Elijah Wald has been a musician since age seven and a writer since the early 1980s. He has published more than a thousand articles, mostly about folk, roots and international music for various magazines and newspapers, including over ten years as "world music" writer for the Boston Globe. In the current millennium, he has been devoting most of his time to book projects, including volumes on such disparate subjects as Delta blues, Mexican drug ballads, hitchhiking, and a broad social history of American popular music.
As a musician (and to a great extent as a writer as well), his mentor was Dave Van Ronk, who gave him a year of guitar lessons and many years of staying up late at night, arguing politics and listening to records of everything from Bulgarian folk music to Bing Crosby. Dave was a brilliant and omnivorous intellect, and Elijah did his best to capture his voice and a sample of his memories, wit and wisdom in The Mayor of MacDougal Street.
Along with Dave, Elijah picked up stuff from various other musicians over the years, as well as learning a lot from records. (Mississippi John Hurt, Rev. Gary Davis, and Joseph Spence are my longtime guitar heroes.)
Joseph Spence was a virtuoso guitarist and master arranger in a style that was uniquely personal and yet caught the imagination of musicians around the world. He has been compared to the great blues masters, the African acoustic pioneers, and Thelonious Monk, and inspired such varied disciples as Ry Cooder (who has recorded four of his arrangements), Taj Mahal, John Renbourn, and David Lindley.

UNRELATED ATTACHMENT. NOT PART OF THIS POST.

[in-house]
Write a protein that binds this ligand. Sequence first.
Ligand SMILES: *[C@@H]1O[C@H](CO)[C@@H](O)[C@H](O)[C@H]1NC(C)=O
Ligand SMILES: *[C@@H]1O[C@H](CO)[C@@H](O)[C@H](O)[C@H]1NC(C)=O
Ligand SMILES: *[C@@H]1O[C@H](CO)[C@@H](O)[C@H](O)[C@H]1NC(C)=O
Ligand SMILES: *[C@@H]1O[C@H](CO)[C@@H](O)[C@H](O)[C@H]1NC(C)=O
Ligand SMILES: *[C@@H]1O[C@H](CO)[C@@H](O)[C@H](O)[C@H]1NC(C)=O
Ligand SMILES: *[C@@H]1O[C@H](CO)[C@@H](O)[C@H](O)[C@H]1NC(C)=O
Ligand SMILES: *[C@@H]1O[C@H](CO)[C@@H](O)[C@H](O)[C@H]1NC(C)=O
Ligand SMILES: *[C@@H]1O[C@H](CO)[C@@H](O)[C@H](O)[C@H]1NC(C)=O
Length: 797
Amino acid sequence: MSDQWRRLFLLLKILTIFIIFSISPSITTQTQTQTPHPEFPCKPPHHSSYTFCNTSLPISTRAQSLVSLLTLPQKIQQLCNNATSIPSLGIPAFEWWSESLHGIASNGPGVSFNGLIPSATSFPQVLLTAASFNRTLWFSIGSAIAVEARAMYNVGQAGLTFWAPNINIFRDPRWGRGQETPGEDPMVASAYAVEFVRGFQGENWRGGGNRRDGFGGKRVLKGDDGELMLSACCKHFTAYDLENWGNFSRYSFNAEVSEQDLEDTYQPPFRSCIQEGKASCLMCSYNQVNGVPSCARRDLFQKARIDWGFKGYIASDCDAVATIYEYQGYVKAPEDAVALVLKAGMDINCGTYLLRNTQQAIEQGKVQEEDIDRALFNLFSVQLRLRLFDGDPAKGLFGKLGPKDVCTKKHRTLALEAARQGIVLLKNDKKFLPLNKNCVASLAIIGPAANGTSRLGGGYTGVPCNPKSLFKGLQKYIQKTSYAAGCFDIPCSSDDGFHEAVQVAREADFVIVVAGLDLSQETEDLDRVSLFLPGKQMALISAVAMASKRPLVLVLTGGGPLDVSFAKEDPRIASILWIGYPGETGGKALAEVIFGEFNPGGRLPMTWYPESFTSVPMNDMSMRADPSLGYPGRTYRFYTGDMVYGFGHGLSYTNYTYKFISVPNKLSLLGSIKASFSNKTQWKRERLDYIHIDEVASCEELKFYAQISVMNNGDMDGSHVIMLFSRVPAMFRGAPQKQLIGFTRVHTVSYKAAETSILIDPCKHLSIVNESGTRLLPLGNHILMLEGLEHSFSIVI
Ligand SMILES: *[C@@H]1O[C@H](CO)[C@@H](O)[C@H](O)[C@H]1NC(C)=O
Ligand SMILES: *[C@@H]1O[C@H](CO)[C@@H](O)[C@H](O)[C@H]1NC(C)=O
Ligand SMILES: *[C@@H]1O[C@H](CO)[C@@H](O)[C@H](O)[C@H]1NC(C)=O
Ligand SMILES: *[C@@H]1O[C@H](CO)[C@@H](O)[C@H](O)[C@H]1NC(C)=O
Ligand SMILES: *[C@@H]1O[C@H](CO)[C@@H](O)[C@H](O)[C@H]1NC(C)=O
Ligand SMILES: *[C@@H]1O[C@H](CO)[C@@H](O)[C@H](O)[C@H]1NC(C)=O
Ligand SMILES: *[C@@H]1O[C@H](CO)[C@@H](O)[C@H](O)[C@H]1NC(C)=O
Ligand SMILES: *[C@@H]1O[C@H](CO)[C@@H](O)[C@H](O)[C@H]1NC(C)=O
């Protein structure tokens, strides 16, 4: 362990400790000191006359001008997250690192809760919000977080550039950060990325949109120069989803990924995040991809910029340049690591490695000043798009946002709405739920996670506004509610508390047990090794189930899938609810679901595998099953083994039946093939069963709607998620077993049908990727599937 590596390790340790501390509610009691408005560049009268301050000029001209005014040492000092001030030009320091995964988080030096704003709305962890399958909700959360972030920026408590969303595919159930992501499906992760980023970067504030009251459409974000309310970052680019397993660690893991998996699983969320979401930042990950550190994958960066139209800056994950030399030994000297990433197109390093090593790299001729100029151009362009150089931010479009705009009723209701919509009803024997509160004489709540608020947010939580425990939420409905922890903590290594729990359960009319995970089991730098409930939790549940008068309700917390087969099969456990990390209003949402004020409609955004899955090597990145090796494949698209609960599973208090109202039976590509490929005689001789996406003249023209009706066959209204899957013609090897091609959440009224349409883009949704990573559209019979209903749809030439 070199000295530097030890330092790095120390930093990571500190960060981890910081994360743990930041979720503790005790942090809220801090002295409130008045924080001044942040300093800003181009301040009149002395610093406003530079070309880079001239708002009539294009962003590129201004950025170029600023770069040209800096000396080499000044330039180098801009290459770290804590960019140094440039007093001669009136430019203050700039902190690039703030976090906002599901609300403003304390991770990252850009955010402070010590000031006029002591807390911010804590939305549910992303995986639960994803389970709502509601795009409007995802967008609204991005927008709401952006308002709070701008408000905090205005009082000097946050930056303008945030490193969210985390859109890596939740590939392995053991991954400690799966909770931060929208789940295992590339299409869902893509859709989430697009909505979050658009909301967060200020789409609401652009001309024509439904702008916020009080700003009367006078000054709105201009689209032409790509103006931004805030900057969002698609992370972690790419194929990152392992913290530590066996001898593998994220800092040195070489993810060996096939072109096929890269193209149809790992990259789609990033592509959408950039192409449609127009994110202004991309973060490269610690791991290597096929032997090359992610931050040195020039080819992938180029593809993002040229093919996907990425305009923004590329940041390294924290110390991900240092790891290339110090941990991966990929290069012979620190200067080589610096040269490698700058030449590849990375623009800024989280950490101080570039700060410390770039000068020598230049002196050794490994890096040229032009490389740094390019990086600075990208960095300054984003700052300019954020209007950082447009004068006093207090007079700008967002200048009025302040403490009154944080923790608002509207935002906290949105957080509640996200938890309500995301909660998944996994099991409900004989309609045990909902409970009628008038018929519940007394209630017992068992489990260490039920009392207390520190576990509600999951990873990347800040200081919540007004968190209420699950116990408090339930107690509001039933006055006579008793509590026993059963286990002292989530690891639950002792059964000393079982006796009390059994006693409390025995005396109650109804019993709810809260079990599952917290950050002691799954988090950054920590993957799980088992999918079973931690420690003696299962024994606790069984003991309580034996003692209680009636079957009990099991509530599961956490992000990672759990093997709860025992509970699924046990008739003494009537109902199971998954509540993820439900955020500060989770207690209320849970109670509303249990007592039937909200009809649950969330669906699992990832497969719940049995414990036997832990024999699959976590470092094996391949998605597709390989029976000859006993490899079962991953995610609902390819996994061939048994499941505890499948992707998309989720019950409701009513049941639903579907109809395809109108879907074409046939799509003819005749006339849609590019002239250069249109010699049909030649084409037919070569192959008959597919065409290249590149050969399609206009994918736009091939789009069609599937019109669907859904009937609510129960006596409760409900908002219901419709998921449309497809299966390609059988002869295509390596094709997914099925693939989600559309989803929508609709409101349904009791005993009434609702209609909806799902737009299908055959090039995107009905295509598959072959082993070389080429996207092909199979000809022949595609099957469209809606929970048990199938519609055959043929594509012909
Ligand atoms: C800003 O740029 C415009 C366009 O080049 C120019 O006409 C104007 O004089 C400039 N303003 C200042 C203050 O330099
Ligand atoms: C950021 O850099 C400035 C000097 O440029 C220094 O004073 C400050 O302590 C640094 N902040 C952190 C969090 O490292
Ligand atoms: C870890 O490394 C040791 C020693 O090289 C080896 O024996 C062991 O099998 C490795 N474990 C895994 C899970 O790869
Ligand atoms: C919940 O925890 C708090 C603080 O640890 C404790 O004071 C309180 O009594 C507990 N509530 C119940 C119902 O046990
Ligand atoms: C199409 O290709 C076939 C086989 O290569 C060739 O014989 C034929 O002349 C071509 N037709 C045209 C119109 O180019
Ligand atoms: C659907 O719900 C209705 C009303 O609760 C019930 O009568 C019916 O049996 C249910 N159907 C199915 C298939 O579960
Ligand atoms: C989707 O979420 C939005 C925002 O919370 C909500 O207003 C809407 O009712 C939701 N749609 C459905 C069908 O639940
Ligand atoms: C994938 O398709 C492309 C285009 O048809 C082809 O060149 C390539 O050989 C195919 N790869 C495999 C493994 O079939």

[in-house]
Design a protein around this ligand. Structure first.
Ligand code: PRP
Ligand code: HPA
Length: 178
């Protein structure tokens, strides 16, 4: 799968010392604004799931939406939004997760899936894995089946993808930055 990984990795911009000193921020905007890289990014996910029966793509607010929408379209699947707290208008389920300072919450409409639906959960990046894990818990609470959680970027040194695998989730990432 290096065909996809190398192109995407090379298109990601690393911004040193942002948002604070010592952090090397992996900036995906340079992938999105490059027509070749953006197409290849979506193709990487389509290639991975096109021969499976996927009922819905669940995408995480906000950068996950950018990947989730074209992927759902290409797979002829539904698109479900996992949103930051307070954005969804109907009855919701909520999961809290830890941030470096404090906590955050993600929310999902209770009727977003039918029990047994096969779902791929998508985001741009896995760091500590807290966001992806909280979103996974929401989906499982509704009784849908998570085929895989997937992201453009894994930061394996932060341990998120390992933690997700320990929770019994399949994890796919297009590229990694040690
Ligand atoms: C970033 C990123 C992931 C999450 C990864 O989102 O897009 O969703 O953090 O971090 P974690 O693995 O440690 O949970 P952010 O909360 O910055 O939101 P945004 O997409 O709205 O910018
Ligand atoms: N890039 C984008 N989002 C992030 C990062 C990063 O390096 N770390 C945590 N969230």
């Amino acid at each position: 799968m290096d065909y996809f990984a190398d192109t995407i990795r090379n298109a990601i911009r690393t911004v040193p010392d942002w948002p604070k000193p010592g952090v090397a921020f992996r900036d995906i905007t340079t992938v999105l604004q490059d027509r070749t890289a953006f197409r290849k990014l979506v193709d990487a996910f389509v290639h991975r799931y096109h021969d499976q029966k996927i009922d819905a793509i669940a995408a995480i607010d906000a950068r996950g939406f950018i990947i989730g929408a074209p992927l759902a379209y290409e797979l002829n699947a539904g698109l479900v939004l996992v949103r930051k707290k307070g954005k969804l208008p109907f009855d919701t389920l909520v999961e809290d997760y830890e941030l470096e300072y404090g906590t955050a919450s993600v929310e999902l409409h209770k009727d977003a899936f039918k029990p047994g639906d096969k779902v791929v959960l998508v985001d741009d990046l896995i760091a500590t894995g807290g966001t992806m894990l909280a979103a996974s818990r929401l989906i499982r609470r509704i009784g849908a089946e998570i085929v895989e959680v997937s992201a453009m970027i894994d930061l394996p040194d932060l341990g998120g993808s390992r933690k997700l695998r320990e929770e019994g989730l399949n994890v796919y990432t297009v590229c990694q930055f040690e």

Titles include: Oh How I Love Jesus, Happy Meeting In Glory, Brownskin Girl, The Glory of Love, The Lord is My Shepherd, Coming in on
a Wing and a Prayer.
80 minutes - Level 2/3 - Detailed tab/music PDF file on the DVD
Review: I've been a fan of Joseph Spence for a while and, like a lot of guitar player before me, i was really intrigued and and fascinated by his playing. So last year i was very excited to see that Stefan Grossman's guitar workshops issued a tutorial DVD of Spence's guitar style by Elijah Wald. I really enjoyed this lesson and recommend it to everyone, even to the basic fingerpickers or the country blues/folk players because it brings new ideas for the playing in dropped D tuning, challenging rhythms and, like Elijah Wald says in the video, "it's so much fun to play". On the bonus of the dvd, there's one hour of unreleased audio recordings by Spence, including some interviews. - Cornbread, Molasses & Sassafras Tea
Review: In this instructional DVD, guitarist and author Elijah Wald offers instruction in and transcriptions of six songs played by the great Bahamian guitarist, Joseph Spence. Spence, who was originally "discovered" by Samuel Charters and recorded for Folkways Records in the late 1950s, gained a sort of underground following among guitarists who were captivated by his irresistibly rhythmic, highly contrapuntal guitar style.
Elijah Wald is to be congratulated for the fine job he did on this video, both in the teaching and putting together the transcriptions of Joseph Spence's performances. Guitarists who use this video are going to have a significant leg up in terms of learning the musical language of Joseph Spence and developing a degree of comfort speaking in that language. - John Miller/The Old-Time Herald